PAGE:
The Pakistani city of Peshawar, the target of frequent terrorist attacks in recent years, will hold an International Peace Conference starting on April 29, RFE/RL's Radio Mashaal reports.
The two-day conference will be attended by Pashtun cultural figures from Pakistan, Afghanistan, the United Arab Emirates, and several European countries, conference organizer Shahab Khattak told RFE/RL today.
"The peace conference is organized by writers. But religious scholars, politicians, students, journalists, lawyers, doctors, and people from other walks of life are free to participate," Khattak said. "And this will enable us to take a step forward toward peace."
The conference has been independently organized by the World Pashto Congress, but the Khyber Pakhtunkhwa provincial government said it will also provide support for the conference.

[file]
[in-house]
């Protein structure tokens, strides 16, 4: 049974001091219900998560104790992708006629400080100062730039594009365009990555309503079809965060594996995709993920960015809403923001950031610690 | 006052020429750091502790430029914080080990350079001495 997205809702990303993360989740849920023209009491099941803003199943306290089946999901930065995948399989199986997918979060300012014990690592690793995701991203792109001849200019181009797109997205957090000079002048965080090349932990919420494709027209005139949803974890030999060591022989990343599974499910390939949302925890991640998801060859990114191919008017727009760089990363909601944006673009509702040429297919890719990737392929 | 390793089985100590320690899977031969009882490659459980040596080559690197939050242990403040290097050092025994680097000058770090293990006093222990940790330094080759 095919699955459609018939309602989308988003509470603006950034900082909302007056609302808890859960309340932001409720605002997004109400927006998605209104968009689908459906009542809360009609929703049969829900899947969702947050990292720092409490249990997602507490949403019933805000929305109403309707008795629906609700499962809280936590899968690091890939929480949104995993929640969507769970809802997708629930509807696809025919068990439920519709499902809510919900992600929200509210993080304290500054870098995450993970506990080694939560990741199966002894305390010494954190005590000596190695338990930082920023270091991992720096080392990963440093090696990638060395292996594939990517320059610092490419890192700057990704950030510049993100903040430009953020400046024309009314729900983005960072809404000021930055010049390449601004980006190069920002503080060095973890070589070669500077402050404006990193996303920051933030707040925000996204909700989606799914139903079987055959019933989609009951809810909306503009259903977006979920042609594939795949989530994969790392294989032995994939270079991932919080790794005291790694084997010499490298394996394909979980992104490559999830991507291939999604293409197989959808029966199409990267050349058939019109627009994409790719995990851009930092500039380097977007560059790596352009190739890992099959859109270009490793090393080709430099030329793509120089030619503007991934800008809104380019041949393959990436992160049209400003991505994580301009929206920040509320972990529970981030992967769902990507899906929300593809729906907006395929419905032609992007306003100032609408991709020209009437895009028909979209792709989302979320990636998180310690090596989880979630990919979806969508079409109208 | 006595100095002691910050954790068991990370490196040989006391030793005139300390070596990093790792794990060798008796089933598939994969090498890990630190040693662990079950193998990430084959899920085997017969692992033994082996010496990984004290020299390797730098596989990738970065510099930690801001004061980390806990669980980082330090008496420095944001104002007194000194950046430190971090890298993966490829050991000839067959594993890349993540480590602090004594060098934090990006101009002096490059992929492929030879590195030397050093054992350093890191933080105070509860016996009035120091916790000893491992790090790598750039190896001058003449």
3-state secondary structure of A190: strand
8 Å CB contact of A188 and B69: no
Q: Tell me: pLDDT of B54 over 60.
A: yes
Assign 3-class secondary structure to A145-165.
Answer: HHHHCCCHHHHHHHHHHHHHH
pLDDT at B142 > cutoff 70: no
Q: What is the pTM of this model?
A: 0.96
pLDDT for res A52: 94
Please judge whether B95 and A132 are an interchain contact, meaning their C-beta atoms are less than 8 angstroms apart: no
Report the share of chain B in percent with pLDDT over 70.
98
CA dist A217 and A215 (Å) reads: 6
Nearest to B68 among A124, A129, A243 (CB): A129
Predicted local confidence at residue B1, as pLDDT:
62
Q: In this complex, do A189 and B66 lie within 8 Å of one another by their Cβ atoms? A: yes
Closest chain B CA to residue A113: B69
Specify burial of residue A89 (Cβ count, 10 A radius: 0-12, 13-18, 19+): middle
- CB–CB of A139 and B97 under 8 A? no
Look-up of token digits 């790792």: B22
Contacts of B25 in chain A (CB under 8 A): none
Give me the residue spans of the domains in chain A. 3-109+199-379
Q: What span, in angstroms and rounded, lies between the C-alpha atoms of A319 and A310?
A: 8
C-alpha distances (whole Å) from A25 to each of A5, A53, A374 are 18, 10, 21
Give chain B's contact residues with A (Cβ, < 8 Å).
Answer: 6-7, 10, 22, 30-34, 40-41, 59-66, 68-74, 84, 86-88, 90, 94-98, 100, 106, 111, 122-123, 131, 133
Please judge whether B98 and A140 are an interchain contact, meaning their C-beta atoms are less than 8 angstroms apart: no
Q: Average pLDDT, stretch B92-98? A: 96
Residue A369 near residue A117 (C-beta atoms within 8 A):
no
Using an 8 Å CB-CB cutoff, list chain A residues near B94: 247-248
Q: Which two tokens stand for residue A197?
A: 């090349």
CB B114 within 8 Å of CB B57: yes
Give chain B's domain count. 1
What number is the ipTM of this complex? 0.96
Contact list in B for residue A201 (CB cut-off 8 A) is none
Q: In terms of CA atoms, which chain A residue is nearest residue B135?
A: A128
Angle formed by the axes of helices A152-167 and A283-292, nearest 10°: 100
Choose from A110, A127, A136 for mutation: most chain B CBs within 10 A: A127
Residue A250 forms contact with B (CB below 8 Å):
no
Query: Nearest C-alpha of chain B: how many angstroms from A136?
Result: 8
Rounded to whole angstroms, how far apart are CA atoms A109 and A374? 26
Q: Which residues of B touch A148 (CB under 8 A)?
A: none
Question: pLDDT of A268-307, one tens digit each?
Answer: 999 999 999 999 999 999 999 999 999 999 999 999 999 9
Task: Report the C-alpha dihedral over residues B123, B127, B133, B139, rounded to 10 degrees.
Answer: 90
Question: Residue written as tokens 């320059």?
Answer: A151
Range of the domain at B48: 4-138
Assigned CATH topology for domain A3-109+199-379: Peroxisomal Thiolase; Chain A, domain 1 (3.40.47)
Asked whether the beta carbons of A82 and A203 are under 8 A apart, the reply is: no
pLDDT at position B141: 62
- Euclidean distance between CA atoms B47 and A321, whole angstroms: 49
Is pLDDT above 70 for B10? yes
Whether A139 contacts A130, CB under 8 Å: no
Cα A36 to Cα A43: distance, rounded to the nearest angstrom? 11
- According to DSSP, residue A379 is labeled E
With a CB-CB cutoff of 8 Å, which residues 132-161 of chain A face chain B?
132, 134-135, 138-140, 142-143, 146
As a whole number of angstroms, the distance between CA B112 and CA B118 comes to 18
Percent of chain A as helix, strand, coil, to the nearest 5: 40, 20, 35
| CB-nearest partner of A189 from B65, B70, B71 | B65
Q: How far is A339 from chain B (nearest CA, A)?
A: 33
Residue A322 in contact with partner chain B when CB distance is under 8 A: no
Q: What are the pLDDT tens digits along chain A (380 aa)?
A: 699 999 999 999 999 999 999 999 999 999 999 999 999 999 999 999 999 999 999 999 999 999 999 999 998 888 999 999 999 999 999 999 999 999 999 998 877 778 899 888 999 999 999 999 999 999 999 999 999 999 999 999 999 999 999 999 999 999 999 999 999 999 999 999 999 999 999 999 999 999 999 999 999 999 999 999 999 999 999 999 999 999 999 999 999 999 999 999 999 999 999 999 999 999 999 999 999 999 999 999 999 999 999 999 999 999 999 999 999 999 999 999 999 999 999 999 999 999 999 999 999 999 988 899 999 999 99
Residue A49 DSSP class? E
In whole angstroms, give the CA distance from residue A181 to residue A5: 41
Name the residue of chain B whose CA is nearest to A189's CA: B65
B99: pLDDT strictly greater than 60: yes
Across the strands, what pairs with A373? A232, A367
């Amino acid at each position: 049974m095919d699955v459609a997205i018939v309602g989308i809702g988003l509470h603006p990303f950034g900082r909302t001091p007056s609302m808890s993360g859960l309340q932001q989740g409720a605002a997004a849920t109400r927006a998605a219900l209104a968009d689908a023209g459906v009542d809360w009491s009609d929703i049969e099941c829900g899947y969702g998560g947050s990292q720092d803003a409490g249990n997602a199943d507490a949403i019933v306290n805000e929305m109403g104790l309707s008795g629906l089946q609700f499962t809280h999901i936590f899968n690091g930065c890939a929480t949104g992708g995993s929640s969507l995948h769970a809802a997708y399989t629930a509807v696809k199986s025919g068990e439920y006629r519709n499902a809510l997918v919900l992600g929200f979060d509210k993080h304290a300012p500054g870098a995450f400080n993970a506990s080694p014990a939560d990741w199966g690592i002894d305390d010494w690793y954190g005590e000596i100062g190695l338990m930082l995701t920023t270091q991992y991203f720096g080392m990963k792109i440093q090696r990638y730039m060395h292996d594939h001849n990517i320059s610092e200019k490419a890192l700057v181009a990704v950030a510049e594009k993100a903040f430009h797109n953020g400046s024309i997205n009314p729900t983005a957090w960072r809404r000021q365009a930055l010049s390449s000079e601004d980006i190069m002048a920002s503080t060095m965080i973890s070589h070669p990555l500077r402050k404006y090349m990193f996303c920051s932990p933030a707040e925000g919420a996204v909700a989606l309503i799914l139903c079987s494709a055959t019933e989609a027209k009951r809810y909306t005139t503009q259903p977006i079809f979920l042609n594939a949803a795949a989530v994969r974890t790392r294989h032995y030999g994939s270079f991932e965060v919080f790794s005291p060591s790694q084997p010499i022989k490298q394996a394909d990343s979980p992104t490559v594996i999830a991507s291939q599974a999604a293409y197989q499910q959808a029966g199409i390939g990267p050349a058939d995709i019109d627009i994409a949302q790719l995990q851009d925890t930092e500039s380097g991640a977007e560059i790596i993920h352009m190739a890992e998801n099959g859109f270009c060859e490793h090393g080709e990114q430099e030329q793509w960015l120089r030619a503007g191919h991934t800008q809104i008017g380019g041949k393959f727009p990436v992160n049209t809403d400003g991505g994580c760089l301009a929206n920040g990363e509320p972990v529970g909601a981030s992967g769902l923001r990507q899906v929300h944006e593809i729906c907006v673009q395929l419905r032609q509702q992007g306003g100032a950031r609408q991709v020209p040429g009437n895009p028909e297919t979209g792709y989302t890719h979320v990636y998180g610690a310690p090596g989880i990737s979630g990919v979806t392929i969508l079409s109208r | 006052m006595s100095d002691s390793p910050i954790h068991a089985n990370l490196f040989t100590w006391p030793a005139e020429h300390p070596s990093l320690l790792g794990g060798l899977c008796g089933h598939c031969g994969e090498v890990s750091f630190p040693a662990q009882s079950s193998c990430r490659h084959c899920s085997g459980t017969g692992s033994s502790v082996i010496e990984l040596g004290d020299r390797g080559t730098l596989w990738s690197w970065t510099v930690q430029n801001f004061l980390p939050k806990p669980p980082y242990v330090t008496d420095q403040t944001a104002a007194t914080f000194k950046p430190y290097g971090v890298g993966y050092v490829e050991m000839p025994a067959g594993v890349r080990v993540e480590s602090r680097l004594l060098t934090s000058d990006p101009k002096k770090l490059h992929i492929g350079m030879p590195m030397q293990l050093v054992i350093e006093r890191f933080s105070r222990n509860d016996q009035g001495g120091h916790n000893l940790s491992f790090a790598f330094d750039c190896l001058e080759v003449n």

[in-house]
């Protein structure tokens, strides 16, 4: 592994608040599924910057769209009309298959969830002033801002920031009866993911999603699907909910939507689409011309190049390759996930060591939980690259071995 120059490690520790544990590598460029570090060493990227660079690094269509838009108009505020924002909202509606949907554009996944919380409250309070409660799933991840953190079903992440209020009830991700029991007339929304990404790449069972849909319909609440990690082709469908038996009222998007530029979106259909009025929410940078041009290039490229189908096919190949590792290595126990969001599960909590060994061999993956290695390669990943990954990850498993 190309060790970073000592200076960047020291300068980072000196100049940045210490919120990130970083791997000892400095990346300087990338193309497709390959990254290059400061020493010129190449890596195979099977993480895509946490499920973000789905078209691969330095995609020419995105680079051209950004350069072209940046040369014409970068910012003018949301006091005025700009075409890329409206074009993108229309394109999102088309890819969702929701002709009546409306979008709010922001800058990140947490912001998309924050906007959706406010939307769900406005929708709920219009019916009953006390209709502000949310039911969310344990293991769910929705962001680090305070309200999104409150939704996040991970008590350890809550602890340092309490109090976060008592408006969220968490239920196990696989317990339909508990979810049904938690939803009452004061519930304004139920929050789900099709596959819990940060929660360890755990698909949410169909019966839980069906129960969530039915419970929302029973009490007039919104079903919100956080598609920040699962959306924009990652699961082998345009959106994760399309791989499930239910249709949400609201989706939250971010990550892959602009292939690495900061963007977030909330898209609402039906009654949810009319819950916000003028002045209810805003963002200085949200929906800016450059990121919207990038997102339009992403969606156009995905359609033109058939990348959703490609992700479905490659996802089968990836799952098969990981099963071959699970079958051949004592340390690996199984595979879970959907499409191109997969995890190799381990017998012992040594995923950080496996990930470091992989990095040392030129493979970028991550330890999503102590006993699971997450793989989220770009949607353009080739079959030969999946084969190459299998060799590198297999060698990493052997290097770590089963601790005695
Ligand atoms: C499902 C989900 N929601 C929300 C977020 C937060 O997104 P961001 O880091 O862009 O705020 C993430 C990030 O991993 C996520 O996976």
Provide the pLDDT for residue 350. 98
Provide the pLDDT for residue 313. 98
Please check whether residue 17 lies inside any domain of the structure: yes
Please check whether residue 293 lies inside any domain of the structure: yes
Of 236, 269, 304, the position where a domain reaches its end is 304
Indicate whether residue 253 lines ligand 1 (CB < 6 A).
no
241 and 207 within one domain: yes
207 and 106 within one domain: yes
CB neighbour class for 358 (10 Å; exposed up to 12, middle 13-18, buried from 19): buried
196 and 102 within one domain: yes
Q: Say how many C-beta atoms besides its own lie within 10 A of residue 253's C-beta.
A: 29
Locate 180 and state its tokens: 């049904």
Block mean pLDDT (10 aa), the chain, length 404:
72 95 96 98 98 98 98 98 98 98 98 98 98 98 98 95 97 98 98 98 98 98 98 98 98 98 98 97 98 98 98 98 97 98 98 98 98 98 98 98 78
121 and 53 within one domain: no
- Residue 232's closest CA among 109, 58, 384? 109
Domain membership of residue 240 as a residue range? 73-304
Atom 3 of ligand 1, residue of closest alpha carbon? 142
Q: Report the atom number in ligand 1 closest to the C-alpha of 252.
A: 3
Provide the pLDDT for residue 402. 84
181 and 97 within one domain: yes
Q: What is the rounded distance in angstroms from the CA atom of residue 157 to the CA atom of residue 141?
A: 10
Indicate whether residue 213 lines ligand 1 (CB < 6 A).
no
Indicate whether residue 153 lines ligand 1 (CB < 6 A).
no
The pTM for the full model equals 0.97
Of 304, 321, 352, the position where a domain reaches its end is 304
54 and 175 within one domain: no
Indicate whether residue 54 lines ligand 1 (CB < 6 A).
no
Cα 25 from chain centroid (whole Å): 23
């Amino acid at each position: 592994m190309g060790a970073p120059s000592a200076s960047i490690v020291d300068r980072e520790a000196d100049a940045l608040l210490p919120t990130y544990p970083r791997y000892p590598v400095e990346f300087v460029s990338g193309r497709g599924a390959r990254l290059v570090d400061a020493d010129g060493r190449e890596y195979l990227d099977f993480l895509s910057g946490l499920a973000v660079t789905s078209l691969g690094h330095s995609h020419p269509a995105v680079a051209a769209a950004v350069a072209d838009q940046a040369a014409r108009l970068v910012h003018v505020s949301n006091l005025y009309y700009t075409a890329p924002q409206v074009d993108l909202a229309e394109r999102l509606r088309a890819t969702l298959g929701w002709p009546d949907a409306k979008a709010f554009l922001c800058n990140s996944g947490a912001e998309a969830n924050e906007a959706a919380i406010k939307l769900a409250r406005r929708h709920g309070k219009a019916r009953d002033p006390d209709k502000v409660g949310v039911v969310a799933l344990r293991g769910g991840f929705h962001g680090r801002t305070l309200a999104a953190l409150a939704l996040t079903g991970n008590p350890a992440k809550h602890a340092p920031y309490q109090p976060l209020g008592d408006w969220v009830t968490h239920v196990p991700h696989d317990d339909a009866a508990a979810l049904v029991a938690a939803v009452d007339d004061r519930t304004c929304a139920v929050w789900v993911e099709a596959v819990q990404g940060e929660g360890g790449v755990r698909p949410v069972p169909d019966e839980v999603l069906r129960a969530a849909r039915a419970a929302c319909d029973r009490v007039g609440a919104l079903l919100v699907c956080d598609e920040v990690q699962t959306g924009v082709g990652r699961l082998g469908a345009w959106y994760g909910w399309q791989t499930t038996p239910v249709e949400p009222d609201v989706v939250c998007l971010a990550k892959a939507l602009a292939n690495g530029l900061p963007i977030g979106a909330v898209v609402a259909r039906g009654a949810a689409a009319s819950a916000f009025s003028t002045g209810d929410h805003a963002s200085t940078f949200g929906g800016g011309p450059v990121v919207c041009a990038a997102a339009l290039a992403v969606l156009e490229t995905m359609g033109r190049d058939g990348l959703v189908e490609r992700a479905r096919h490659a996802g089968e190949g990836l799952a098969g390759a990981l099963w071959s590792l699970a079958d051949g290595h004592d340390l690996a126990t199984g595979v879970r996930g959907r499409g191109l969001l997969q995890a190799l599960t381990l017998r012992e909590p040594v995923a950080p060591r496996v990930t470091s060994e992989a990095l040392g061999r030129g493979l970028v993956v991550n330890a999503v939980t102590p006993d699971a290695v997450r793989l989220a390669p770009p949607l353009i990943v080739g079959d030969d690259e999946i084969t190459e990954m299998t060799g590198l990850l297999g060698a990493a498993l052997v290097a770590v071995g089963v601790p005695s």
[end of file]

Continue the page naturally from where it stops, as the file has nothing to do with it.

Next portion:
KP Information Minister Mian Iftikhar Hussain told RFE/RL that KP Chief Minister Amir Haidar Hoti will open the conference.
"We need peace and need to hate terrorism. This is a key task: to bring together all parties and the people, urging them to get together for the cause of peace," Hussain said. "We appreciate this initiative and will provide all possible support."
The minister said a cultural event will be held at the city's Nishter Hall to conclude the conference.
Groups of writers, poets, and journalists have already arrived in Peshawar from different Pakistani cities and abroad.
Peshawar has seen few foreign visitors in recent years because of the rising number of suicide and other bomb attacks and kidnappings that have killed and injured hundreds of people.
Elyas Wahdat, a poet, writer and journalist from Afghanistan's Khost Province, is optimistic the conference will help promote peace in Pakistan and Afghanistan.
"Peace is the key need, even more than food, for Pashtuns living on both sides of the Durand Line," Wahdat said. "If we manage to achieve peace, we shall be able to live [in peace]. Peace will be discussed at the conference, and we are looking forward to its outcome. We are hopeful of positive results, and people on both sides of the Durand Line are now striving for peace."